Climate row roils U.N.-backed group of insurers and pension funds
Adds name of coalition Munich Re is quitting
By Virginia Furness
LONDON, March 31 (Reuters) -A member of a United Nations-backed coalition of insurance firms and pension funds seeking to tackle climate change told Reuters it was considering quitting after disagreements about curbing investment in the oil and gas sector split the group.
Danish pension fund AkademikerPension may leave the Net Zero Asset Owner Alliance because new requirements detailed in a position paper for its 85 members do not attach enough strings to owning the shares and bonds of publicly listed oil and gas companies, its chief investment officer, Anders Schelde, said.
"The position doesn't live up to our standards and we will have to consider our involvement in NZAOA moving forward," Schelde said, referring to the final draft of the paper after an 18-month consultation process.
Hopes for more ambitious requirements were dashed by concerns among some of the coalition's members that prescriptive goals could open them up to allegations that their industry was colluding and attract antitrust lawsuits, according to people familiar with the deliberations.
The row is the latest in a string of policy splits among major climate coalitions of financial firms.
The Glasgow Financial Alliance for Net Zero (GFANZ), led by former Bank of England governor Mark Carney, dropped in October a requirement for its members to sign up to a United Nations emissions reduction campaign after some pushed back.
Reuters reported last week that members of the Partnership for Carbon Accounting Financials were divided over how to report on carbon emissions linked to their capital markets business.
In the position paper published on Wednesday, NZAOA, whose members control $11 trillion in assets, said it expected members to no longer finance new oil and gas infrastructure linked to exploration and production projects directly.
AkademikerPension said it wanted the position paper to state that NZAOA members should invest in public equities or corporate bonds only when the companies involved are no longer investing in exploration for new oil and gas.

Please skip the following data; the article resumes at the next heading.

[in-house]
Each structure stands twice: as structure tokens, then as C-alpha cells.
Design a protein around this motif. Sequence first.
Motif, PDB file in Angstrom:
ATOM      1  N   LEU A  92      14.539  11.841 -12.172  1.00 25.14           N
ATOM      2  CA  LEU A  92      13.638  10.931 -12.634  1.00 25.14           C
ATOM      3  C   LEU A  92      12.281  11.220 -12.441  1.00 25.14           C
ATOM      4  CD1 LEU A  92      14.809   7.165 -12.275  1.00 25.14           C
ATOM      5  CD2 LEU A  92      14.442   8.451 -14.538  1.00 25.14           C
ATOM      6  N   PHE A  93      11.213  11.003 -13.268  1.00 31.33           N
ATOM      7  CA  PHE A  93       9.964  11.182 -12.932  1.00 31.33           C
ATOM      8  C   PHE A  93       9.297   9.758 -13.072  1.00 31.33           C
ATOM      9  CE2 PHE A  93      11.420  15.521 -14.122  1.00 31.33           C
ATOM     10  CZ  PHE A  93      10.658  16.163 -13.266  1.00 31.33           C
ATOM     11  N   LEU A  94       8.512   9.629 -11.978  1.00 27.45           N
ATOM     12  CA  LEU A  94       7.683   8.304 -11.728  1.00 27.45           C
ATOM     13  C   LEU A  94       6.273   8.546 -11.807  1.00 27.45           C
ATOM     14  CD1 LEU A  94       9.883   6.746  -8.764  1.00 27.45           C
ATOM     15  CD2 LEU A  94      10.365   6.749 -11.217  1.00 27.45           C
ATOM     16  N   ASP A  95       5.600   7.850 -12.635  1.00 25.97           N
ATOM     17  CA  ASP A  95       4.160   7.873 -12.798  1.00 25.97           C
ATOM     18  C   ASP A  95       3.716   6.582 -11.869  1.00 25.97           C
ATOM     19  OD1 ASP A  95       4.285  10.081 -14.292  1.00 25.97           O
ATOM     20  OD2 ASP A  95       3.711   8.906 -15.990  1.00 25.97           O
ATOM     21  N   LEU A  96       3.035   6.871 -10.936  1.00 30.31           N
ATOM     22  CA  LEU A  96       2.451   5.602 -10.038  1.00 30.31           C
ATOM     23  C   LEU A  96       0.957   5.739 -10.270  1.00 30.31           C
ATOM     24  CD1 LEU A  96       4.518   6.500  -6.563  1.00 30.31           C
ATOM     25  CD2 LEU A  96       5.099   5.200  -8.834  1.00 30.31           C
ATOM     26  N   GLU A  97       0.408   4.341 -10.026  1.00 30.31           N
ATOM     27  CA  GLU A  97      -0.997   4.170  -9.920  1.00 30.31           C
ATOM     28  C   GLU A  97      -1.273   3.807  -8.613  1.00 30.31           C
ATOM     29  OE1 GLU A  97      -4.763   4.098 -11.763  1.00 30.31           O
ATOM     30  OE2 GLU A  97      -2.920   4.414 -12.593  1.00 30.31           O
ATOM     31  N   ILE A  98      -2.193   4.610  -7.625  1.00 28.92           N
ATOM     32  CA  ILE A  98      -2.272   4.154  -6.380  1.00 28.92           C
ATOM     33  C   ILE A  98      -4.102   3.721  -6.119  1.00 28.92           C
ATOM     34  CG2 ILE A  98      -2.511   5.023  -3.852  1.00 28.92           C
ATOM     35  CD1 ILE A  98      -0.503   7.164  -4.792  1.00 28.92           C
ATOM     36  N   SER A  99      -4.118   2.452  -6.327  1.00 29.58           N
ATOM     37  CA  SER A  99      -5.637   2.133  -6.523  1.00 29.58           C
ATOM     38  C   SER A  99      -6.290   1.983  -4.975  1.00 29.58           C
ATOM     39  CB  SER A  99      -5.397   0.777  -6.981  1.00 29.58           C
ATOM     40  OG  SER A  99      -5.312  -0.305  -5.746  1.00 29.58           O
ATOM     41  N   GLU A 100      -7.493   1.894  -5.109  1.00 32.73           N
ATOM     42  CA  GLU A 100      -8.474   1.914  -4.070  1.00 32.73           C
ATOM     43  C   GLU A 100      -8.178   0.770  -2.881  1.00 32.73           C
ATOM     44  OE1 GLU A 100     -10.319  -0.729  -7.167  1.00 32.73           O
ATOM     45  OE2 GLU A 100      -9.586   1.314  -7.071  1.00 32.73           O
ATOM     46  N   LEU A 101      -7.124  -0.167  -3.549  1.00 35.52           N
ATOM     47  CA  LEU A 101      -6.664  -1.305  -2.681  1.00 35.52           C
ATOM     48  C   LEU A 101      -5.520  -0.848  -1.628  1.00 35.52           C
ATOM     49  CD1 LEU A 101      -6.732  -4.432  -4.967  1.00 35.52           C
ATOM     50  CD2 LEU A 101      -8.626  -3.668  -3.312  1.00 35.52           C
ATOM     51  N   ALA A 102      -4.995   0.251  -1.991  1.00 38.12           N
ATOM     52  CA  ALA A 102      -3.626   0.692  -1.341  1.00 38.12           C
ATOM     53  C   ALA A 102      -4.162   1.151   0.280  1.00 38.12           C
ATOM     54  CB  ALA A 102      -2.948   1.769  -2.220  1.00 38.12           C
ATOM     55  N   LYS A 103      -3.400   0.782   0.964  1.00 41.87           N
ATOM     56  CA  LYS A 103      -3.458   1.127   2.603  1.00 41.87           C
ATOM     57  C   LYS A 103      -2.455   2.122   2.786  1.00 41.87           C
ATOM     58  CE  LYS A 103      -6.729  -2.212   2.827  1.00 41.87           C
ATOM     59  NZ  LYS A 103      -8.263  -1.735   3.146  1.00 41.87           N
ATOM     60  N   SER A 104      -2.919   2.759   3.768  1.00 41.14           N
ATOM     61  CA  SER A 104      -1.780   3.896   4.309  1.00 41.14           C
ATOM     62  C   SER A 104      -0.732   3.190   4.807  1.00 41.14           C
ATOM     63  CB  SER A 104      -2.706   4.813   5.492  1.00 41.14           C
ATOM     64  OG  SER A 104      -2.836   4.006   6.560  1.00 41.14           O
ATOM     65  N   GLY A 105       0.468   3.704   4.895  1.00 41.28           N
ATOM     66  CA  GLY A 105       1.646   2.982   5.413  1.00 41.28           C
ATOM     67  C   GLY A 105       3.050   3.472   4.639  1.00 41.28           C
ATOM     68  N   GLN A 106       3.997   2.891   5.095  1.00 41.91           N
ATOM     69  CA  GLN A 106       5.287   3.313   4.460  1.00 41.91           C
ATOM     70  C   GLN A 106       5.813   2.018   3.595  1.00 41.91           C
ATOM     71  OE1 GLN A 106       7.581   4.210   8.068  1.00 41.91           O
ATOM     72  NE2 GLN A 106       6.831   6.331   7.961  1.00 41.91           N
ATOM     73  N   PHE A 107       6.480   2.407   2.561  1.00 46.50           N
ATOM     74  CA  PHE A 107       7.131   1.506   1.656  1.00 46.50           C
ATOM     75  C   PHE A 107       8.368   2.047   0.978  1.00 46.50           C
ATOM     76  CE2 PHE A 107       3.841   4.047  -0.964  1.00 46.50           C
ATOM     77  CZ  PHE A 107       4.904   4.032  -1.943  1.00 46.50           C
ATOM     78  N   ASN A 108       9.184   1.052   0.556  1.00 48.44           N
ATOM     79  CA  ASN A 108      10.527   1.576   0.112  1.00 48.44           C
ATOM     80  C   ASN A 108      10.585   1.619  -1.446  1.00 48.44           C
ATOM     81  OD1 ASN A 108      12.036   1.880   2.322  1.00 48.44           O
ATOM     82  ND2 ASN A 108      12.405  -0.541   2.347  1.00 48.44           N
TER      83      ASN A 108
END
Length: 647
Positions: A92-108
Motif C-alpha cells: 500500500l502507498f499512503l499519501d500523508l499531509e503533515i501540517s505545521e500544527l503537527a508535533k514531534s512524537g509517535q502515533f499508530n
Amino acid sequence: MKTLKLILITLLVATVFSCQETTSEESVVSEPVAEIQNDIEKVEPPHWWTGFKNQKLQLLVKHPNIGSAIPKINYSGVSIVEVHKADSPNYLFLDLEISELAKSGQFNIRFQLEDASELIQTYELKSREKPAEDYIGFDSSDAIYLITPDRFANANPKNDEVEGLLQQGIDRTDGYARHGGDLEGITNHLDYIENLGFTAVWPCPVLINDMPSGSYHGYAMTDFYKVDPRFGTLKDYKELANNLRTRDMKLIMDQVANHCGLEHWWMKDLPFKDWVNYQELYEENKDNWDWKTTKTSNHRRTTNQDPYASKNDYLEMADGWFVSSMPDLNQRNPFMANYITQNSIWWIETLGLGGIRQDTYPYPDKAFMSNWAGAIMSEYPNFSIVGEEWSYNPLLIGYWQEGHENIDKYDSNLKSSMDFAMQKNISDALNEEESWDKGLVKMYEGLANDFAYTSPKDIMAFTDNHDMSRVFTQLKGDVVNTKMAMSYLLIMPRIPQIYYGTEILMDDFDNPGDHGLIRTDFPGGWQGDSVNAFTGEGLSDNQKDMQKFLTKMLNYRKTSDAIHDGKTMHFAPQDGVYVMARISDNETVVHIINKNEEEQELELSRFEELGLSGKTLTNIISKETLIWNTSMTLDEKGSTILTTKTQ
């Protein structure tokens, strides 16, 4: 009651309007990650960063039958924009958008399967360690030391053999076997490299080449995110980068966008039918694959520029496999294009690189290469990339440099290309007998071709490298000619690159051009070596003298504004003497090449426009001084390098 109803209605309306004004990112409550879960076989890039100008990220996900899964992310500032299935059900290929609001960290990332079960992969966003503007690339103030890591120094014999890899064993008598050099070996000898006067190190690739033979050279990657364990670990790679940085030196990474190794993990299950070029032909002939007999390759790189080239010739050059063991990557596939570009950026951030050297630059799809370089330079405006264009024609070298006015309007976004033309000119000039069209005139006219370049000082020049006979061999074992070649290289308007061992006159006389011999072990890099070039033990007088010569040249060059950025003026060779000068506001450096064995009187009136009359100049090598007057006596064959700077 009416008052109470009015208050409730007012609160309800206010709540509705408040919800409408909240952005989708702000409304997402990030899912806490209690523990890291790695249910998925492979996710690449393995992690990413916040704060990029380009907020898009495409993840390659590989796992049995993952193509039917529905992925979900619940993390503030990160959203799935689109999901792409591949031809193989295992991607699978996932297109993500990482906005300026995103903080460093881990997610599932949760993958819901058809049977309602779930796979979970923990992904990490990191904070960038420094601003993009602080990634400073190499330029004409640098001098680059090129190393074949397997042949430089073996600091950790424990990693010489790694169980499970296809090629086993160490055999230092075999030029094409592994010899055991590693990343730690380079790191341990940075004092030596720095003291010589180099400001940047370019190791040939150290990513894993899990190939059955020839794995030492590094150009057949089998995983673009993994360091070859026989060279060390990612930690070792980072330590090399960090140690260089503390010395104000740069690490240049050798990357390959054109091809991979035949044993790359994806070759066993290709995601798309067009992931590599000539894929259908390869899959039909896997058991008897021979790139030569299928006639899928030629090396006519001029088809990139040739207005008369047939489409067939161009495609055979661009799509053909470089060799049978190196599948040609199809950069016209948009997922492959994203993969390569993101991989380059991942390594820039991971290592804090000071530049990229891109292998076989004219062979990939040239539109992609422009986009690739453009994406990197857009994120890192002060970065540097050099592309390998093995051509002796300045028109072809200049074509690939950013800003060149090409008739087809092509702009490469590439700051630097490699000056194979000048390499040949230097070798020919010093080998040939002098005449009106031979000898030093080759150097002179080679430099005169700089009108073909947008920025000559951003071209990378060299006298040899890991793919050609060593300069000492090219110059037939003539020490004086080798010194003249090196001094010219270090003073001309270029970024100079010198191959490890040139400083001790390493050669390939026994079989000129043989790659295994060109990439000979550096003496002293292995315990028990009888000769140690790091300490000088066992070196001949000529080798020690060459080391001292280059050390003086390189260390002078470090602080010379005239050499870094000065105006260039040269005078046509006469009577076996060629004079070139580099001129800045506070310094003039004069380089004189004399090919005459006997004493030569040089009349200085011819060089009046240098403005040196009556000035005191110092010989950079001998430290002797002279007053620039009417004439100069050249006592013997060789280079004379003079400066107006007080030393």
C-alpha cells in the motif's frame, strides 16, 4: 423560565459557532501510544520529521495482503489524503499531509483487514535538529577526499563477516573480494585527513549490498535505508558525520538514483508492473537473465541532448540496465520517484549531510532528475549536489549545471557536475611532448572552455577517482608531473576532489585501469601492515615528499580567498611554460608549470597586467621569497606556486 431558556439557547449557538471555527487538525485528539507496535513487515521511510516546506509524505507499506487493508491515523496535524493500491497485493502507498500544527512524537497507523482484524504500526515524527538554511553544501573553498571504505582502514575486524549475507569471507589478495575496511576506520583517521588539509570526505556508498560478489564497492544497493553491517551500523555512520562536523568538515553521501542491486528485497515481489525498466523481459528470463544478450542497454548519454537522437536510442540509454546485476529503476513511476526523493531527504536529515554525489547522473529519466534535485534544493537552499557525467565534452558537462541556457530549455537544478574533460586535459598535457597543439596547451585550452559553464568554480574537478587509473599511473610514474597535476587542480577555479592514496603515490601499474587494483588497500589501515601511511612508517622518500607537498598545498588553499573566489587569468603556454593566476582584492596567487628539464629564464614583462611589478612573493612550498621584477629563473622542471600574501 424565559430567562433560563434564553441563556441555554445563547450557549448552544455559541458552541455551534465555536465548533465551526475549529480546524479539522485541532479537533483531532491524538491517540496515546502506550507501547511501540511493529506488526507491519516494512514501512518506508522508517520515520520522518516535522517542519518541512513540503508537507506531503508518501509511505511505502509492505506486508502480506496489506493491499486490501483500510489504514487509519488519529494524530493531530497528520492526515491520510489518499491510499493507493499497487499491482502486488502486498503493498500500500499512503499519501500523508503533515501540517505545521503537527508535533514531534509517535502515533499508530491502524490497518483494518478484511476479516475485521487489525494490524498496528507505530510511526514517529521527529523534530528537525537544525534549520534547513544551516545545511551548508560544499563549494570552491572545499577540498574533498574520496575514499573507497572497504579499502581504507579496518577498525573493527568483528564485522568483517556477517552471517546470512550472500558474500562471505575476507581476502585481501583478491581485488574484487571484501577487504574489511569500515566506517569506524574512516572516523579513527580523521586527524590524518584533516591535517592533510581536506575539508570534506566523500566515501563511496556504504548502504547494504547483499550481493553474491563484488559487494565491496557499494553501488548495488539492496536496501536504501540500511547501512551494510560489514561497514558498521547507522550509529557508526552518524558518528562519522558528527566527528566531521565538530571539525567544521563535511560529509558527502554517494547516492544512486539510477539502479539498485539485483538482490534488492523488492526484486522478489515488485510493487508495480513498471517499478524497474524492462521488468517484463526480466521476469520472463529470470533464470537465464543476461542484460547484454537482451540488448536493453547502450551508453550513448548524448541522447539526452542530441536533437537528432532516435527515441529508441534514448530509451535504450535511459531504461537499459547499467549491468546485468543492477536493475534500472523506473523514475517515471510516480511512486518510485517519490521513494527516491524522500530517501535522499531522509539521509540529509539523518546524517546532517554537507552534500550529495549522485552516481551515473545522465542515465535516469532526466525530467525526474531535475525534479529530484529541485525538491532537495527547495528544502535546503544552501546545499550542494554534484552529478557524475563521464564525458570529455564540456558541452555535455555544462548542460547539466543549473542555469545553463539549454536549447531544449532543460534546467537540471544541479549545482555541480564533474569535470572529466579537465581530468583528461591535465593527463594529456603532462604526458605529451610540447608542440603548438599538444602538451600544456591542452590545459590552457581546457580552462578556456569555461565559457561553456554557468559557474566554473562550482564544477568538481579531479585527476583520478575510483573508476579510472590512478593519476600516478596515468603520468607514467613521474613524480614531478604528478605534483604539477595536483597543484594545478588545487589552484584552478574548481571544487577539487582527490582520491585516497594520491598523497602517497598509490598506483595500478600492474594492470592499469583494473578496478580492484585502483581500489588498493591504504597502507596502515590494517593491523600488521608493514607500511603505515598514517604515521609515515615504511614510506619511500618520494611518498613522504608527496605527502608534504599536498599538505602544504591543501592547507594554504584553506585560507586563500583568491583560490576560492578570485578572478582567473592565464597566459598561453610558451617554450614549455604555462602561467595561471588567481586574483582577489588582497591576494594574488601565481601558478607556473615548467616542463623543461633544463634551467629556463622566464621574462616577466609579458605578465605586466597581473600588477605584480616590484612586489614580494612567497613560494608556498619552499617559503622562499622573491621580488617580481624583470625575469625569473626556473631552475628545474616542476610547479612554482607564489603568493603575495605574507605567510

"We're not saying all NZAOA members should dump listed equities of oil majors from tomorrow, but it should be a clear aim and clear position that new oil and gas is incompatible with 1.5 degrees," said Schelde, referring to efforts to cap global warming at that level by mid-century.
Dorris Kirui, senior environmental, social and governance manager at Gothaer Asset Management AG, a NZAOA member, said she supported the position paper but acknowledged its language was not as strict as some members wanted.
"As NZAOA have an increasing number of members from different countries and political backgrounds, it was difficult to achieve consensus on the exact wording," Kirui said.
Gunther Thallinger, NZAOA chair and a board director at German insurer Allianz SE ALVG.DE, said the group's position reflected a "a minimum standard" that all members could agree on.
Several NZAOA members are based in the United States, where some states run by Republican politicians have criticized and even boycotted financial firms for their stance on fossil fuels and the transition to a low-carbon economy.
This has created anxiety among some firms about the risks they face should they become the target of antitrust lawsuits over their participation in environmental initiatives, despite no such legal action having been mounted yet.
German insurer Munich Re MUVGn.DE said earlier on Friday it was withdrawing from another alliance of insurers focused on reducing carbon emissions - the Net-Zero Insurance Alliance - to avoid antitrust risks.
A Munich Re spokesperson said the insurer planned to stick with NZAOA, without elaborating why it was not as concerned about the antitrust risks in that instance.
Joel Mitnick, a partner at law firm Cadwalader, Wickersham & Taft LLP in New York, said antitrust lawsuits against firms participating in climate coalitions were possible but unlikely to succeed.
"I think it's going to be extremely difficult for a plaintiff, even a government enforcer, to prevail on an antitrust theory of harm," said Mitnick.
Reporting by Virginia Furness in London Additional reporting by Simon Jessop in London and Isla Binnie in New York; Editing by Greg Roumeliotis and Matthew Lewis
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